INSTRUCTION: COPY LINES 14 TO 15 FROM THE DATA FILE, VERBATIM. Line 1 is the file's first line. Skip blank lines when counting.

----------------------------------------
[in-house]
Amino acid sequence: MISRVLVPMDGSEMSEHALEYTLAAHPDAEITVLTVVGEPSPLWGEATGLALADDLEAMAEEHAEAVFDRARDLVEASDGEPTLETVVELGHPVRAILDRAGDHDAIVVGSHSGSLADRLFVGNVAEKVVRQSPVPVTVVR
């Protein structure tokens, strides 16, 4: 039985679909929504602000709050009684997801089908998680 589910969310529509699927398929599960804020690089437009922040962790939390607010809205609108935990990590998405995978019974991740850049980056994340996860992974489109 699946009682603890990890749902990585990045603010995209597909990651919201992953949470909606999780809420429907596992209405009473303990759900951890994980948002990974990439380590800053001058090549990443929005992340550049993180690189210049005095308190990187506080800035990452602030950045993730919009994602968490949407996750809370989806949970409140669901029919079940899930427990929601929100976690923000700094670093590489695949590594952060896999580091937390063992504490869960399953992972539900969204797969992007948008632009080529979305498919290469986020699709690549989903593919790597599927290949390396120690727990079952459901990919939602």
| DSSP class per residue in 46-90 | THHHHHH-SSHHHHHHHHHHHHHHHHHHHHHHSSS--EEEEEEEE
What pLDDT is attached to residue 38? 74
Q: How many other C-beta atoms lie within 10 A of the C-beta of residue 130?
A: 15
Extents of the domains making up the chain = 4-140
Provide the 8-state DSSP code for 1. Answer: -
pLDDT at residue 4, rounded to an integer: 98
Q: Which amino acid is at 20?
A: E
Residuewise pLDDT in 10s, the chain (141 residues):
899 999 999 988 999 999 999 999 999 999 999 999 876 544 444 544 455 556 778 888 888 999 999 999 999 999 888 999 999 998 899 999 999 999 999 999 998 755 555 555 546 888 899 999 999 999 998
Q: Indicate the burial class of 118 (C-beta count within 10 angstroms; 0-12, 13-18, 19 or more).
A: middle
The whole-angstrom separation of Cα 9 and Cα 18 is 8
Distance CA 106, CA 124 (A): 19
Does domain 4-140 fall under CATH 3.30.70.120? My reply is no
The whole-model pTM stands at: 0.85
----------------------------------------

899 999 999 988 999 999 999 999 999 999 999 999 876 544 444 544 455 556 778 888 888 999 999 999 999 999 888 999 999 998 899 999 999 999 999 999 998 755 555 555 546 888 899 999 999 999 998
Q: Indicate the burial class of 118 (C-beta count within 10 angstroms; 0-12, 13-18, 19 or more).